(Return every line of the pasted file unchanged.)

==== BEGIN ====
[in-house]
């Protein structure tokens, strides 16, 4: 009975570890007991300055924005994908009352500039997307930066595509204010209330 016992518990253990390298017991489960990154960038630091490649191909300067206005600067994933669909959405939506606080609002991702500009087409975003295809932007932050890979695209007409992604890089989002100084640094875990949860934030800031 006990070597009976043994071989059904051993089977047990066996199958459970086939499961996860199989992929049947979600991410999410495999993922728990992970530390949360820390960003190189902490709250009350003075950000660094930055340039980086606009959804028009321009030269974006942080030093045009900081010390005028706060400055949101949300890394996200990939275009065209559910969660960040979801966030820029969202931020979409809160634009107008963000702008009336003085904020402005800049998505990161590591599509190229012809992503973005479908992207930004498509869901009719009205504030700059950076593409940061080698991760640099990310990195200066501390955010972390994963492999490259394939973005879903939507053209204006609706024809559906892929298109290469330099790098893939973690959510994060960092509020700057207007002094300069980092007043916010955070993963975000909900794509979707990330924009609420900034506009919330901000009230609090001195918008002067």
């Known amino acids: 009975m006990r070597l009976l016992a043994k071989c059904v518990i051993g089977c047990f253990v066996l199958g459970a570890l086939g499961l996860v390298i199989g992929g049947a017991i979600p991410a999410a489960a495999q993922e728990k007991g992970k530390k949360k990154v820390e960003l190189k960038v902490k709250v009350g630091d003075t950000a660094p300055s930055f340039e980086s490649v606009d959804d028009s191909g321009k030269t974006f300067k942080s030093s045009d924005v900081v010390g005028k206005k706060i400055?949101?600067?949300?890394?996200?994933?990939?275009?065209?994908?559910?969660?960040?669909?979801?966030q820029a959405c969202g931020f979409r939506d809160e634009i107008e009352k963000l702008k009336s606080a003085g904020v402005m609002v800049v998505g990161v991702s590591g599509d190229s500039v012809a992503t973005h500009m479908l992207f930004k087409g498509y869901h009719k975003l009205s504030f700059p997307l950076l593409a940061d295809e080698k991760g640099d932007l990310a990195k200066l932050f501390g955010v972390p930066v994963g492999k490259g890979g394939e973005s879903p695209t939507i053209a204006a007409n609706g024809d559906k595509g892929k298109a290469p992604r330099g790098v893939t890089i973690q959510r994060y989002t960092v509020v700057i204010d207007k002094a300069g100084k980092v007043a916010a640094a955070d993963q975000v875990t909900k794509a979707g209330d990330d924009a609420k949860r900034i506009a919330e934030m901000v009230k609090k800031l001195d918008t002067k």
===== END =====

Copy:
[in-house]
């Protein structure tokens, strides 16, 4: 009975570890007991300055924005994908009352500039997307930066595509204010209330 016992518990253990390298017991489960990154960038630091490649191909300067206005600067994933669909959405939506606080609002991702500009087409975003295809932007932050890979695209007409992604890089989002100084640094875990949860934030800031 006990070597009976043994071989059904051993089977047990066996199958459970086939499961996860199989992929049947979600991410999410495999993922728990992970530390949360820390960003190189902490709250009350003075950000660094930055340039980086606009959804028009321009030269974006942080030093045009900081010390005028706060400055949101949300890394996200990939275009065209559910969660960040979801966030820029969202931020979409809160634009107008963000702008009336003085904020402005800049998505990161590591599509190229012809992503973005479908992207930004498509869901009719009205504030700059950076593409940061080698991760640099990310990195200066501390955010972390994963492999490259394939973005879903939507053209204006609706024809559906892929298109290469330099790098893939973690959510994060960092509020700057207007002094300069980092007043916010955070993963975000909900794509979707990330924009609420900034506009919330901000009230609090001195918008002067």
């Known amino acids: 009975m006990r070597l009976l016992a043994k071989c059904v518990i051993g089977c047990f253990v066996l199958g459970a570890l086939g499961l996860v390298i199989g992929g049947a017991i979600p991410a999410a489960a495999q993922e728990k007991g992970k530390k949360k990154v820390e960003l190189k960038v902490k709250v009350g630091d003075t950000a660094p300055s930055f340039e980086s490649v606009d959804d028009s191909g321009k030269t974006f300067k942080s030093s045009d924005v900081v010390g005028k206005k706060i400055?949101?600067?949300?890394?996200?994933?990939?275009?065209?994908?559910?969660?960040?669909?979801?966030q820029a959405c969202g931020f979409r939506d809160e634009i107008e009352k963000l702008k009336s606080a003085g904020v402005m609002v800049v998505g990161v991702s590591g599509d190229s500039v012809a992503t973005h500009m479908l992207f930004k087409g498509y869901h009719k975003l009205s504030f700059p997307l950076l593409a940061d295809e080698k991760g640099d932007l990310a990195k200066l932050f501390g955010v972390p930066v994963g492999k490259g890979g394939e973005s879903p695209t939507i053209a204006a007409n609706g024809d559906k595509g892929k298109a290469p992604r330099g790098v893939t890089i973690q959510r994060y989002t960092v509020v700057i204010d207007k002094a300069g100084k980092v007043a916010a640094a955070d993963q975000v875990t909900k794509a979707g209330d990330d924009a609420k949860r900034i506009a919330e934030m901000v009230k609090k800031l001195d918008t002067k």